Wednesday, November 09, 2016

Mid-Week Post

Oh, ye who weep...


Moving on...

Some guy who got his job off of his dad mimics concern for the middle-class he intends on ripping off:

Prime Minister Justin Trudeau suggested Wednesday that Donald Trump was propelled to the presidency in part by a sense among voters that too many citizens were not sharing in America’s prosperity.

Trudeau went further to say that his own government is seized with that same issue. With just a few words, Trudeau hinted at what could become the framework for a new Ottawa-Washington relationship, the single most important relationship Canada has in the world.

“The fact is we’ve heard clearly from Canadians and from Americans that people want a fair shot at success,” Trudeau told 16,000 high school students gathered in the Canadian Tire Centre, the arena where the NHL’s Ottawa Senators play.

... says the guy who was handed his current job and has never held a real one in his privileged life.

An astute observer of the American political scene might suggest that the electorate wanted a change after eight years of several failed Obama policies and grew tired of the contempt and disconnect of liberal elitists who just last night bathed in tears of defeat and the sweat of paranoia.

Someone might even apply such thinking to Canada and wonder why a slim minority elected a head of hair for prime minister.

Perhaps he should head to Uncle Fidel while someone else worries about the fate of NAFTA.

Children of North Korean women and Chinese men now outnumber North Korean defectors:

Figures show that the children of North Korean women and Chinese fathers now outnumber young North Korean defectors.

The Education Ministry on Sunday said 1,249 children of North Korean defectors who were born in China went to school in South Korea as of the end of last year, outnumbering the 1,226 students who were born in North Korea. And as of September, 52.1 percent of children of North Korean defectors who go to school here were born in China.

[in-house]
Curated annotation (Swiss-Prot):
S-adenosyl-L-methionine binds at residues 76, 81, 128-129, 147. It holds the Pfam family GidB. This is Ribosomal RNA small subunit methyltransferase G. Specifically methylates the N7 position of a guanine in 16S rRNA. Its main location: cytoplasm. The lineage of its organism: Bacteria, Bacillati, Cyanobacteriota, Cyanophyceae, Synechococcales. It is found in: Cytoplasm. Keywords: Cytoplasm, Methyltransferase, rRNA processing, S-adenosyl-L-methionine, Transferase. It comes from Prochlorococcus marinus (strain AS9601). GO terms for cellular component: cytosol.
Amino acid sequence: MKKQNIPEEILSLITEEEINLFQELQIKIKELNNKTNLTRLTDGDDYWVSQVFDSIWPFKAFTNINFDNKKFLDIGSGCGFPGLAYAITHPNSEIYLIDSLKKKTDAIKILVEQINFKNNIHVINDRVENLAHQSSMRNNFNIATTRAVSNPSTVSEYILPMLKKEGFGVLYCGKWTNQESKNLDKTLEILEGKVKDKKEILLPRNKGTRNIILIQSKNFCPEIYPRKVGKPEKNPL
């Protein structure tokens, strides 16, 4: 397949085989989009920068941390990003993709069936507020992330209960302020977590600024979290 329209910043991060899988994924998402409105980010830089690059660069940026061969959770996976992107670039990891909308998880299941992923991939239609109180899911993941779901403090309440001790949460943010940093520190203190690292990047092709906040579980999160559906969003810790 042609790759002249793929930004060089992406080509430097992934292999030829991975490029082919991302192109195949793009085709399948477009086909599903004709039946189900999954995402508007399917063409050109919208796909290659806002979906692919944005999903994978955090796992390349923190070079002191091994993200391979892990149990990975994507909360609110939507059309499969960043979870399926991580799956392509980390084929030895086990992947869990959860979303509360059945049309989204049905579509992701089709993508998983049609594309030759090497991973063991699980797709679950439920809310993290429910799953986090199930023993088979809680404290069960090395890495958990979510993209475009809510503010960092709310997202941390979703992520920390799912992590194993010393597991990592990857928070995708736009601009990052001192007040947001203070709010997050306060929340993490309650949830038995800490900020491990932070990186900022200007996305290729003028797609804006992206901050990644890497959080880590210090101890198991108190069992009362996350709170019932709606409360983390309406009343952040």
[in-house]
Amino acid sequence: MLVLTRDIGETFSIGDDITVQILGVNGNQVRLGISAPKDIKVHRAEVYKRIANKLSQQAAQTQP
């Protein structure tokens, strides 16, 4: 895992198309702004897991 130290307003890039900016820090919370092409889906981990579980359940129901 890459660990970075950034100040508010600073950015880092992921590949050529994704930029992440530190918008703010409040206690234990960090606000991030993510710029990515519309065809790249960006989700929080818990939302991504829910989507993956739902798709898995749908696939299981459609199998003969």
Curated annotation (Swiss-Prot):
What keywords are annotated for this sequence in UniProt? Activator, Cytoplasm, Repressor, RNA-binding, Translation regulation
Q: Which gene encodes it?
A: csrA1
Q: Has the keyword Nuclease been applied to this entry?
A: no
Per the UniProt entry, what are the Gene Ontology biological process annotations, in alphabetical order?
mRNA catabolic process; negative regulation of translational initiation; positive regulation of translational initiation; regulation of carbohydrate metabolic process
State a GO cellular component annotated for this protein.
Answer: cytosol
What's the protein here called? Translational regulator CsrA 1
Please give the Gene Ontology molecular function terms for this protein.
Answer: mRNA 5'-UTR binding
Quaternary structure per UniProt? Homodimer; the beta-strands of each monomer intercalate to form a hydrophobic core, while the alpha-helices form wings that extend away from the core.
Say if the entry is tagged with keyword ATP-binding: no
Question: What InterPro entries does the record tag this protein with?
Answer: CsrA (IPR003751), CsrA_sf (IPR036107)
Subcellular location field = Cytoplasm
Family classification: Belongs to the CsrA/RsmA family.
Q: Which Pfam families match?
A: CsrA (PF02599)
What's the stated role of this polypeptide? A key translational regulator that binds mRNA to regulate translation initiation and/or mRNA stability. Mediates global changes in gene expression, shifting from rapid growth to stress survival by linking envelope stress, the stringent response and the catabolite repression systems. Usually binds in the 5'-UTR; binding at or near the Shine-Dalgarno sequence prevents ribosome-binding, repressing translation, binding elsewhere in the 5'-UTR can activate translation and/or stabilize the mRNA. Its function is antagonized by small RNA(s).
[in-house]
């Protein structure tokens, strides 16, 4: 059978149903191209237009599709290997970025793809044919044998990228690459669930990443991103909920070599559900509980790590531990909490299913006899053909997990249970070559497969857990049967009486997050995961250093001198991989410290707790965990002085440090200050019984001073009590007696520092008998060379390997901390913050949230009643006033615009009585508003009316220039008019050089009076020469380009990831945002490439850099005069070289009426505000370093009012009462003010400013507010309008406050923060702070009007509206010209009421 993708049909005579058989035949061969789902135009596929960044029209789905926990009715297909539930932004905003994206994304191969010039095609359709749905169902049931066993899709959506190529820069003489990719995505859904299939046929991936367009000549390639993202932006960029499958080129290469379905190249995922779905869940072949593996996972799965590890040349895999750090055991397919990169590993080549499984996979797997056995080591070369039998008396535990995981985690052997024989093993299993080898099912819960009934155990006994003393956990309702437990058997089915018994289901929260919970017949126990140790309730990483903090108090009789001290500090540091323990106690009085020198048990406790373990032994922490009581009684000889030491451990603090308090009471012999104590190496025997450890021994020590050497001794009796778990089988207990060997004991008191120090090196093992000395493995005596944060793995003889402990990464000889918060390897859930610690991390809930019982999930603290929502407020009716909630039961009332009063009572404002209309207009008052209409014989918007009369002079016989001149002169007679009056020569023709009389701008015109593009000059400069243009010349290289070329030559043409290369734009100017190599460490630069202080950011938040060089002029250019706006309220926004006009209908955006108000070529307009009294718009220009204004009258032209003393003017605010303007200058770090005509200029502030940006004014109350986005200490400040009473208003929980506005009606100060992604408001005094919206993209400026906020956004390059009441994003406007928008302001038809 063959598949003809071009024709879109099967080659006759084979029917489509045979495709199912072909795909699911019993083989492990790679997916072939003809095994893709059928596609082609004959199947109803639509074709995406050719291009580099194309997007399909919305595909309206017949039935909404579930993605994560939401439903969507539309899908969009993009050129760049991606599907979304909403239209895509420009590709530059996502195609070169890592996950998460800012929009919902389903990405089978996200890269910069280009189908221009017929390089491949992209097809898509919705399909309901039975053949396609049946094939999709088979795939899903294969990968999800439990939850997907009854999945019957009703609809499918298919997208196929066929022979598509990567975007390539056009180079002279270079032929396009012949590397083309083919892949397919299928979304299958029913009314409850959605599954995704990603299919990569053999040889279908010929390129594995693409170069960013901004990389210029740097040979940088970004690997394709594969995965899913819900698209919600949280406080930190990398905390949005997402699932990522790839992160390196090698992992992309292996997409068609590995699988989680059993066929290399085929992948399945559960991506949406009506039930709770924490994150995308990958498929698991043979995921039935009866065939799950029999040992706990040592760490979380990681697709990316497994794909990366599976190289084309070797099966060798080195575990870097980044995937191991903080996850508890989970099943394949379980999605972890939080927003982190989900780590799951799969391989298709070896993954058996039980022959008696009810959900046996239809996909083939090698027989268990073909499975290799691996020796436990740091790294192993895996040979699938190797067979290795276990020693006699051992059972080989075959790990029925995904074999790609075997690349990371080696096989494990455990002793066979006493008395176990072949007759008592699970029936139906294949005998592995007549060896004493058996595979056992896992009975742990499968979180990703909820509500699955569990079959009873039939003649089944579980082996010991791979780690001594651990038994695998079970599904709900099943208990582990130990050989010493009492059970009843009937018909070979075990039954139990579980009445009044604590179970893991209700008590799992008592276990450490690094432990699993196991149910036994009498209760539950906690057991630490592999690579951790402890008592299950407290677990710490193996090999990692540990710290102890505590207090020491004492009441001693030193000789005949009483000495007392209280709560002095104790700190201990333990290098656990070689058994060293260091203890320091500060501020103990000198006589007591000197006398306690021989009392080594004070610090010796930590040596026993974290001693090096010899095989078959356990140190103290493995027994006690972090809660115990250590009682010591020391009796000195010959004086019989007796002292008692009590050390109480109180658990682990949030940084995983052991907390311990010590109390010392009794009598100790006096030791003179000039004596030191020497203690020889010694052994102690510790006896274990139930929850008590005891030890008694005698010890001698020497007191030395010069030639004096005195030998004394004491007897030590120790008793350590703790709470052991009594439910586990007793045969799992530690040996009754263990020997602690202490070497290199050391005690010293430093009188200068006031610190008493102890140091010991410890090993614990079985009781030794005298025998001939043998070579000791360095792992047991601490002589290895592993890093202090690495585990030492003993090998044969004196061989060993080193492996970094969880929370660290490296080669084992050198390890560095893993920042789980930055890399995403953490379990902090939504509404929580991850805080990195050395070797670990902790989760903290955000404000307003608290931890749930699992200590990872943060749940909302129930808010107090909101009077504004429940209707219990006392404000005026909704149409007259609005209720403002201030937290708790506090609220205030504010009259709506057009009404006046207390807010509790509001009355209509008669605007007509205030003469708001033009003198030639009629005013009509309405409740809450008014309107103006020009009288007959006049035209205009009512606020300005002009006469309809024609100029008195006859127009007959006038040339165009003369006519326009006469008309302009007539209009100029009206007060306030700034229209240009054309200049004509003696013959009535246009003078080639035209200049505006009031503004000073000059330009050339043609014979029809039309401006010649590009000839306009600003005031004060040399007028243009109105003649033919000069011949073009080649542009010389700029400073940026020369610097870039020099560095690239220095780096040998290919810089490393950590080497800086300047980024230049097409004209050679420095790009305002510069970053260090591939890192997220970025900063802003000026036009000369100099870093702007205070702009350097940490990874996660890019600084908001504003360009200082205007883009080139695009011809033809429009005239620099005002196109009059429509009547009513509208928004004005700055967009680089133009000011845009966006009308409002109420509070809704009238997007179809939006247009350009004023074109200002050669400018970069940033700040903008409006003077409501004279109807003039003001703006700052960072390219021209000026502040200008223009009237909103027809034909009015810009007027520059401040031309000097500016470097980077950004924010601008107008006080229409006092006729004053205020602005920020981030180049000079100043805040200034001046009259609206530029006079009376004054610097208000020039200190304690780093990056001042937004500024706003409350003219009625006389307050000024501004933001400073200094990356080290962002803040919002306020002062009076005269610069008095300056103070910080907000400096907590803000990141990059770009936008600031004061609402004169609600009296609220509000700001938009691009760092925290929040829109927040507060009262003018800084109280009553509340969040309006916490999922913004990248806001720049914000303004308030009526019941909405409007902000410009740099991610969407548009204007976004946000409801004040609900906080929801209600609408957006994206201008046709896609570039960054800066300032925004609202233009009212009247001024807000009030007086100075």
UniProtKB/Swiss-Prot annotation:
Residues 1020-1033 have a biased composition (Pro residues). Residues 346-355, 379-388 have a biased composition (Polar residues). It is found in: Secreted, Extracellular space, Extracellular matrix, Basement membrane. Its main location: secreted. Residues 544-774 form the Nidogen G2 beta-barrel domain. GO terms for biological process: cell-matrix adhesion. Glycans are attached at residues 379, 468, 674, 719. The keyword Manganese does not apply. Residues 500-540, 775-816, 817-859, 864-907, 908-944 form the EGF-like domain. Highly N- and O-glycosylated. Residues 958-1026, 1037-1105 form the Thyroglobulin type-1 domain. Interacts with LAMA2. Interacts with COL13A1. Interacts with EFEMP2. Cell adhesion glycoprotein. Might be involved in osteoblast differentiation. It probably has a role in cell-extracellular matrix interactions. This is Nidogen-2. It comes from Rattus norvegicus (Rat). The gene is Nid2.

A spokesman for a human rights group said, "The fact that there are more children of North Korean women with Chinese rather than North Korean fathers is proof of the human rights abuses the women suffer when they escape to China." This often includes a kind of indentured marriage that is little better than sex slavery, with Chinese men "buying" the women from border traffickers. 

"I escaped to China trusting a broker, but ended up being sold for money and had to endure all kinds of abuse as I was dragged from one location to another," one defector recalls. "Some women who are sold into sexual slavery are stripped naked and locked up so that they cannot escape." 

The children these women have with Chinese men are frequently unable to get legal protection or go to school in China because their mothers are considered illegal immigrants or their fathers refuse to register them as their own.

Is Trump's victory bad for Russia?

According to polls, Russians are growing tired of wars that largely dominated the national political agenda for the last two years. The Russian economy is in decline. And, what’s more, the latest parliamentary election has demonstrated growing political apathy — a serious problem during the upcoming 2018 presidential election.

Should Putin decide to run, he will have to deal with all these internal challenges and — were it not for Trump’s victory — serious pressure from Western capitals, particularly from Washington. Facing such challenges, being labeled as an outcast by the Western world, would he be able to remain Russia’s beloved and successful leader for eight more years?

And now, eight things you may not know about vowels:


A, E, I, O, U and sometimes Y are the letters we define as vowels, but vowels can also be defined as speech sounds. While we have six letters we define as vowels, there are, in English, many more vowel sounds than that. For example consider the word pairs cat and car, or cook and kook. The vowel sounds are different from each other in each pair, but they are represented by the same letters. Depending on the dialect, and including diphthongs, which are combinations of two vowel sounds, English has from nine to 16 vowel sounds.

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